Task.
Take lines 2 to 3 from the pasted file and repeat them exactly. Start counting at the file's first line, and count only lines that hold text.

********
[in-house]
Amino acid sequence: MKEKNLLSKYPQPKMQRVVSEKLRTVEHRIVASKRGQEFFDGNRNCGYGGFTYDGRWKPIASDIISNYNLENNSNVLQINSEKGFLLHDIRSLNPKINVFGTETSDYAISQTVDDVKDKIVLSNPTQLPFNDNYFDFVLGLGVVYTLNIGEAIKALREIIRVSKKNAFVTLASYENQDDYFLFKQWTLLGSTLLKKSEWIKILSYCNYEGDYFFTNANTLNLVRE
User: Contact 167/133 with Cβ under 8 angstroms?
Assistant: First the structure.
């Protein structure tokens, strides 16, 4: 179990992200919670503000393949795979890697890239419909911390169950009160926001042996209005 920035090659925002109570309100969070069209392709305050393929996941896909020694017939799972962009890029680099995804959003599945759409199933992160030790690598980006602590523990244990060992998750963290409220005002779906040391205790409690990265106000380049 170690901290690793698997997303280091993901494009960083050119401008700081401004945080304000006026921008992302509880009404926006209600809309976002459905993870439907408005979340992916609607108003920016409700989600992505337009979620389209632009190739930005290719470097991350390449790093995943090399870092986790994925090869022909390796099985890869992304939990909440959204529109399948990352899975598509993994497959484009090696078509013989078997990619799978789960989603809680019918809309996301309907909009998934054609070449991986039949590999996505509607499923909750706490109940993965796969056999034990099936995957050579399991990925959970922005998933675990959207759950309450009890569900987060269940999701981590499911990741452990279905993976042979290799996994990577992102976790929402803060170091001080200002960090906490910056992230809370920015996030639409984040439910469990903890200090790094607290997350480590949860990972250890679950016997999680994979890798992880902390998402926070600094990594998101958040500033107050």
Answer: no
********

Amino acid sequence: MKEKNLLSKYPQPKMQRVVSEKLRTVEHRIVASKRGQEFFDGNRNCGYGGFTYDGRWKPIASDIISNYNLENNSNVLQINSEKGFLLHDIRSLNPKINVFGTETSDYAISQTVDDVKDKIVLSNPTQLPFNDNYFDFVLGLGVVYTLNIGEAIKALREIIRVSKKNAFVTLASYENQDDYFLFKQWTLLGSTLLKKSEWIKILSYCNYEGDYFFTNANTLNLVRE
User: Contact 167/133 with Cβ under 8 angstroms?